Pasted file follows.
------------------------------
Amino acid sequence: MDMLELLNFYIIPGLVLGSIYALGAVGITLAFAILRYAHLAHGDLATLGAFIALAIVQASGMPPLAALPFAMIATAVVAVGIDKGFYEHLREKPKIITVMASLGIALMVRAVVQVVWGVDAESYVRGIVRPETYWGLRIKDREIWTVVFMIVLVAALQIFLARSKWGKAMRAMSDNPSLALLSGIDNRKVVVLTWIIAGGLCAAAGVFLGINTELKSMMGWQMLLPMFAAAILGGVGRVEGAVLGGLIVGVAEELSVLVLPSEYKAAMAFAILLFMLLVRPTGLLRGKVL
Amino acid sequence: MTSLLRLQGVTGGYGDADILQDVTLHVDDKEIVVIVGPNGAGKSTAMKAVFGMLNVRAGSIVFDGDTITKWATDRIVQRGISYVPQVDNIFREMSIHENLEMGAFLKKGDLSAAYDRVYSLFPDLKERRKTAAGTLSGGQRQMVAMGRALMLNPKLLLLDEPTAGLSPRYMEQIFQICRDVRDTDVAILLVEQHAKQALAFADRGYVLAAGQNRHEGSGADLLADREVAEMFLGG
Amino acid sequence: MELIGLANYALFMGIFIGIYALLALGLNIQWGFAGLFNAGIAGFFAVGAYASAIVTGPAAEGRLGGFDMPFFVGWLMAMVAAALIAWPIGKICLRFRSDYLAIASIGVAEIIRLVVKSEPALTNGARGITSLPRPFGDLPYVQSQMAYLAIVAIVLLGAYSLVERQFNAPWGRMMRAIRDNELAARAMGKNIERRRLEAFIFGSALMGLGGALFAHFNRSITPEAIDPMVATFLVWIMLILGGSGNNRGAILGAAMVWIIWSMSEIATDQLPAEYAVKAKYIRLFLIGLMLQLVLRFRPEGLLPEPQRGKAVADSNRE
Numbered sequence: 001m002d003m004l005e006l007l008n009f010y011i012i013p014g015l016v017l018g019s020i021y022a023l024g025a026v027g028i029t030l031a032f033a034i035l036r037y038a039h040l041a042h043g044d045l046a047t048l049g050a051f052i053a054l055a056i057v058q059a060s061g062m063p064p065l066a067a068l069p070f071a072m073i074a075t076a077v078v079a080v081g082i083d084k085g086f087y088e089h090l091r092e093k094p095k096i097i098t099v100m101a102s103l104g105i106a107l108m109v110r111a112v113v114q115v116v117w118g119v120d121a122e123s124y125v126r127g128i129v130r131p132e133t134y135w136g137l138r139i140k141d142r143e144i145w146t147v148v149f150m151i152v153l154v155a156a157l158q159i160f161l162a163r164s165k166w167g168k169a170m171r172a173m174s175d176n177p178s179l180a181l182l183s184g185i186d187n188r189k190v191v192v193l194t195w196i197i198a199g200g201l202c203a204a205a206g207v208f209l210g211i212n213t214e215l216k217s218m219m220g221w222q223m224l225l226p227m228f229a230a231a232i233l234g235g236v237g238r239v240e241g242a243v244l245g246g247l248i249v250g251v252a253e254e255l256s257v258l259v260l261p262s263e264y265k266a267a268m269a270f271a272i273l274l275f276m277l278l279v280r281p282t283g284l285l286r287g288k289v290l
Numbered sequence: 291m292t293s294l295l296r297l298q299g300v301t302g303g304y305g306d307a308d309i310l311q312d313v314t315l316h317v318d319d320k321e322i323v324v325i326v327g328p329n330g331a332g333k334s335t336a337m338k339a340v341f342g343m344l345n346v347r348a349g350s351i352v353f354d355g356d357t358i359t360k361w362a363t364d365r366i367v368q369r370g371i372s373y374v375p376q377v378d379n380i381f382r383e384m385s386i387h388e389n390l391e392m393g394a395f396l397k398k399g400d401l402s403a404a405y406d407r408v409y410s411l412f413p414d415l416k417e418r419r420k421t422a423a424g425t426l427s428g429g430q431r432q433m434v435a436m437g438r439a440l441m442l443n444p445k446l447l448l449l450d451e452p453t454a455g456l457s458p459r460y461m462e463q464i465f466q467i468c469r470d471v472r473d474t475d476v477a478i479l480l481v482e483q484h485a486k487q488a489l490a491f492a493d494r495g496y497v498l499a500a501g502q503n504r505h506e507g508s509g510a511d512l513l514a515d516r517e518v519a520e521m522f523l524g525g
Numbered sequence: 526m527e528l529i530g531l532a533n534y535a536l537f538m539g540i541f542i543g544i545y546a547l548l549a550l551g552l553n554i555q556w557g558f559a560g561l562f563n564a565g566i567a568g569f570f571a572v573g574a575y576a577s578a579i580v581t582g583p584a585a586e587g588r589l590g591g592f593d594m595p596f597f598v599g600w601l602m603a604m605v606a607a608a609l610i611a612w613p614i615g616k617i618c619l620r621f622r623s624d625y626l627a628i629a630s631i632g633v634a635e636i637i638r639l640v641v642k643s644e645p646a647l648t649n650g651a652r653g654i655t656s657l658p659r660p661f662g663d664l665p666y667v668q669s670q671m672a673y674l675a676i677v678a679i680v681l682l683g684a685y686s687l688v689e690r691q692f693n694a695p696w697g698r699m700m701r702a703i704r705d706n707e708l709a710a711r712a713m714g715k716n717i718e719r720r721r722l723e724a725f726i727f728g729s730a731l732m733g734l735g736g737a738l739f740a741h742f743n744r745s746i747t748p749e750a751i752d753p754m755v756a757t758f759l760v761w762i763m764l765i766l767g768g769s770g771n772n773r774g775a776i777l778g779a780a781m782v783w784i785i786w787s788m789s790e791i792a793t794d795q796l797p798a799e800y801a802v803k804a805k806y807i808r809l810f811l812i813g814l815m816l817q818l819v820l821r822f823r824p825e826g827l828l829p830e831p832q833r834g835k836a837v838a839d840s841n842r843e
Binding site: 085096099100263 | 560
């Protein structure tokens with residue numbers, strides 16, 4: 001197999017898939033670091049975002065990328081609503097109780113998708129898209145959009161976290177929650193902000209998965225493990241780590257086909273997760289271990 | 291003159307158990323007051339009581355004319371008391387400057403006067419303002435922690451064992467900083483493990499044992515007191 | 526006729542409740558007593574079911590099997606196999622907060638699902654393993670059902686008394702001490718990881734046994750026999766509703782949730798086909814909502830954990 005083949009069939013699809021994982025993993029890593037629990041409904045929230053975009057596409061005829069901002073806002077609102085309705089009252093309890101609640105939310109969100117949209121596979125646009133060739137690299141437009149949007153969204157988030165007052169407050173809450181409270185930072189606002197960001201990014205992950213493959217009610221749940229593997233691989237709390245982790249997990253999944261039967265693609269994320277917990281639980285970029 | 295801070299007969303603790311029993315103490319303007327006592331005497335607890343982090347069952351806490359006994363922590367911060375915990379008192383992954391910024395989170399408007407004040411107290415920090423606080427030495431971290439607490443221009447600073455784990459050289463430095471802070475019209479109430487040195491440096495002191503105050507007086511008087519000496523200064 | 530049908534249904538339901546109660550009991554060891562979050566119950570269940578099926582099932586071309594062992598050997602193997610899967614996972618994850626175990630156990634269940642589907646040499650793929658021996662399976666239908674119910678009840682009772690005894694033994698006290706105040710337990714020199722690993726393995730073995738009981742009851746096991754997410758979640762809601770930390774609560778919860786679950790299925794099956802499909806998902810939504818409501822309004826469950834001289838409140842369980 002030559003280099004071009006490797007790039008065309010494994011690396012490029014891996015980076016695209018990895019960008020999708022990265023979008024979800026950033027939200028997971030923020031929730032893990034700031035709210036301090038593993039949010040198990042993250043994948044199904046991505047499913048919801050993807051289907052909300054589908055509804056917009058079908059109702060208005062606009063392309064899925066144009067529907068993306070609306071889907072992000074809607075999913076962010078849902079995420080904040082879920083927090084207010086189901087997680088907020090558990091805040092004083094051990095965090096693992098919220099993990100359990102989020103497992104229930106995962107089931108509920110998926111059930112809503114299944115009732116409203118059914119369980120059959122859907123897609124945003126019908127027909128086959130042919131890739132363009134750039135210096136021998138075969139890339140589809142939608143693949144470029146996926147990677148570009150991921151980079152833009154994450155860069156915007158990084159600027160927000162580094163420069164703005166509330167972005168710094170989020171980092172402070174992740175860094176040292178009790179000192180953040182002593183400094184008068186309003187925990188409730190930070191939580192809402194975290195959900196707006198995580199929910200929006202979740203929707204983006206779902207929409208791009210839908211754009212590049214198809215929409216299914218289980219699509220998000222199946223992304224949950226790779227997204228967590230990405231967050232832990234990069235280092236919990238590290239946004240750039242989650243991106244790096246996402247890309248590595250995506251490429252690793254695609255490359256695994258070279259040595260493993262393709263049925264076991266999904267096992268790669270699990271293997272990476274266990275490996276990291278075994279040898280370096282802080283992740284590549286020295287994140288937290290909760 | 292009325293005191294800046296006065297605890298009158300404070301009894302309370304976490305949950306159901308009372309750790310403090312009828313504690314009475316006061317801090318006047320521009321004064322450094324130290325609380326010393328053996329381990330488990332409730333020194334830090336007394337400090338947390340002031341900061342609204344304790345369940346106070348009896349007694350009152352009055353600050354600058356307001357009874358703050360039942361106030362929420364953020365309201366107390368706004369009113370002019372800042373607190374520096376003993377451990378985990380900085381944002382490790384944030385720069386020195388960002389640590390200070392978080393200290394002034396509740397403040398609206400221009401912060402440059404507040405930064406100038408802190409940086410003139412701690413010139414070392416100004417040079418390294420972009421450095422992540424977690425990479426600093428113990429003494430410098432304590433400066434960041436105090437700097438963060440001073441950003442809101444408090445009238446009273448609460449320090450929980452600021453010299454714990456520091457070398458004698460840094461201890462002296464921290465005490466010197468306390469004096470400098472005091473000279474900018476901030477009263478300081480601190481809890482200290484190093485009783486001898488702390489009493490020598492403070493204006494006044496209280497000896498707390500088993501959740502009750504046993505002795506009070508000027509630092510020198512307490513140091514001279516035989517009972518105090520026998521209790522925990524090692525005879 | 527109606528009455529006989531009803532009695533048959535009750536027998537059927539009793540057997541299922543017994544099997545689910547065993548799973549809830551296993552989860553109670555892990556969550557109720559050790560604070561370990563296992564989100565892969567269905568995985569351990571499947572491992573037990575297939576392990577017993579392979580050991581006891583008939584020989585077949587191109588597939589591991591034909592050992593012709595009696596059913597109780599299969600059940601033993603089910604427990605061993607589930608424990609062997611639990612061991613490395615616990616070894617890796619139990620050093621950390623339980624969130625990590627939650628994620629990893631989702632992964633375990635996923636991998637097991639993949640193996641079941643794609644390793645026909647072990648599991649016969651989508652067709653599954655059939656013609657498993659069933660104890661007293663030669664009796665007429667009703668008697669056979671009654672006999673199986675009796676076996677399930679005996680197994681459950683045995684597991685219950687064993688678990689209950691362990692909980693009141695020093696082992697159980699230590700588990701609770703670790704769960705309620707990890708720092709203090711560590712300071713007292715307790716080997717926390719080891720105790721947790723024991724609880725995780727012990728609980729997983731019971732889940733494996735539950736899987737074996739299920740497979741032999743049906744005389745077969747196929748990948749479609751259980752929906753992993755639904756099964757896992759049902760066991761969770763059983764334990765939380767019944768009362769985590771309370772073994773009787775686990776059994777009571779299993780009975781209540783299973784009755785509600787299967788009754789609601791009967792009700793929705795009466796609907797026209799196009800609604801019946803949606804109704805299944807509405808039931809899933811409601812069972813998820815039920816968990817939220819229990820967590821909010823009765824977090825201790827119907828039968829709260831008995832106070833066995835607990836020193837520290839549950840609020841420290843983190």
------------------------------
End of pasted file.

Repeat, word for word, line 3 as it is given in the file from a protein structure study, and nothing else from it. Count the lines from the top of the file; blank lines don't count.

Amino acid sequence: MELIGLANYALFMGIFIGIYALLALGLNIQWGFAGLFNAGIAGFFAVGAYASAIVTGPAAEGRLGGFDMPFFVGWLMAMVAAALIAWPIGKICLRFRSDYLAIASIGVAEIIRLVVKSEPALTNGARGITSLPRPFGDLPYVQSQMAYLAIVAIVLLGAYSLVERQFNAPWGRMMRAIRDNELAARAMGKNIERRRLEAFIFGSALMGLGGALFAHFNRSITPEAIDPMVATFLVWIMLILGGSGNNRGAILGAAMVWIIWSMSEIATDQLPAEYAVKAKYIRLFLIGLMLQLVLRFRPEGLLPEPQRGKAVADSNRE